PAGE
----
Difference between "can call" and "can compile"

Paul Backus snarwin at gmail.com
Tue Sep 15 11:26:32 UTC 2020

On Tuesday, 8 September 2020 at 20:04:32 UTC, Steven 
Schveighoffer wrote:
> Here's what it says when there is no constraint (and when I 
> actually call fun inside use):
> onlineapp.d(9): Error: undefined identifier oops
> onlineapp.d(4): Error: template instance onlineapp.bad!() error 
> instantiating
> onlineapp.d(20):        instantiated from here: use!(bad)
> This is what I want it to do. Why can't it just do that? Why do 
> I need to see 10 more or even 5 more lines of irrelevant error 
> messages?

It sounds to me like your problem is that template constraints 
are doing the exact thing they're designed to do: causing errors 
that would otherwise be reported inside a template to be reported 
outside of it.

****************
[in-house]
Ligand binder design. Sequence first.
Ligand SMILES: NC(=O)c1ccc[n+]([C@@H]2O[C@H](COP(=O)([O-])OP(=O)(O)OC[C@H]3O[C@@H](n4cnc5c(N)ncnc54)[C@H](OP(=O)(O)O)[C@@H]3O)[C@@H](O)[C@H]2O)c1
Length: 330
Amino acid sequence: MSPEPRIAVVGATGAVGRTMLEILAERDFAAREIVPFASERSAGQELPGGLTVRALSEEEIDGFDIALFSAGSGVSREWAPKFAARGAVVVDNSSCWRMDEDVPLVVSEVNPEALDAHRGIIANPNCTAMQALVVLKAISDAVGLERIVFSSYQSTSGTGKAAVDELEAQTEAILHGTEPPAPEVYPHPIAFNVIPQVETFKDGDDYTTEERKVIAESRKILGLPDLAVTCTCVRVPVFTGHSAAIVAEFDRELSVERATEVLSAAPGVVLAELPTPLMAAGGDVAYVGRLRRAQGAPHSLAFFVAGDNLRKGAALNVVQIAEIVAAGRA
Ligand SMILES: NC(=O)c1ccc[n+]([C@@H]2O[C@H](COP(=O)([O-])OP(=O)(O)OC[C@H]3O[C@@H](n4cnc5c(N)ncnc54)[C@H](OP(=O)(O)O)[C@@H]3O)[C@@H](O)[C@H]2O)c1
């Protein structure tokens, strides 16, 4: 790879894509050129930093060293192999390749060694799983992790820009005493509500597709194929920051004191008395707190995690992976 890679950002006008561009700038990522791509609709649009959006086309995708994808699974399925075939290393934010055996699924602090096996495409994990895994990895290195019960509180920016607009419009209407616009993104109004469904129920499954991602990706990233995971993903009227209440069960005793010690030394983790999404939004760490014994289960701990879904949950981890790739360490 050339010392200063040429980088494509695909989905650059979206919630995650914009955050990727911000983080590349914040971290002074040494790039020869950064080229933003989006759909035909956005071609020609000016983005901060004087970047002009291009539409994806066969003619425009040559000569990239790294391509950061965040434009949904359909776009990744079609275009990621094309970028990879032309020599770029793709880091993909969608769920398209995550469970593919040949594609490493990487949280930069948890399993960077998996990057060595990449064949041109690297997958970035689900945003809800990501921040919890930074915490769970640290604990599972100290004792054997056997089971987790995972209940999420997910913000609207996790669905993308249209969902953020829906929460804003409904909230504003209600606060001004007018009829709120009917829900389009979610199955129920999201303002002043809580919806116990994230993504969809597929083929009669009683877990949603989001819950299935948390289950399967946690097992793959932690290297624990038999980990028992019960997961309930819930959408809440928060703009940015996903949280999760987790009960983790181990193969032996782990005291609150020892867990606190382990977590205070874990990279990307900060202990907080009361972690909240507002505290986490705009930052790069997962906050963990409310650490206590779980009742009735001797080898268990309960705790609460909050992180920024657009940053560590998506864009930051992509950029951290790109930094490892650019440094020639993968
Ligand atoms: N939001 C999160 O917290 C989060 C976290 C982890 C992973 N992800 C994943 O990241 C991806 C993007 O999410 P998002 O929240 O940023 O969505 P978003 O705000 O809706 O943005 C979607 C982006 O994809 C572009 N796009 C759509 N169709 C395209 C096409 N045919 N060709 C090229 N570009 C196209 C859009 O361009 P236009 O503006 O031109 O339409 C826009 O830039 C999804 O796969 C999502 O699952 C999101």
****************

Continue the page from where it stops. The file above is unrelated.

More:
Re: irrelevant error messages, I think they're unavoidable in the 
general case. What if there are multiple template overloads? Only 
one of them is going to have the error you care about, but the 
compiler has no way to know which one. And likewise with static 
if and static assert statements inside the template body.

The optimal solution to this problem, from a 
programming-language-theory perspective, is a system like Rust's 
traits that allows the compiler to type-check generic code prior 
to instantiation. Since we don't have that, we're going to have 
to settle for something "good enough."

More information about the Digitalmars-d mailing list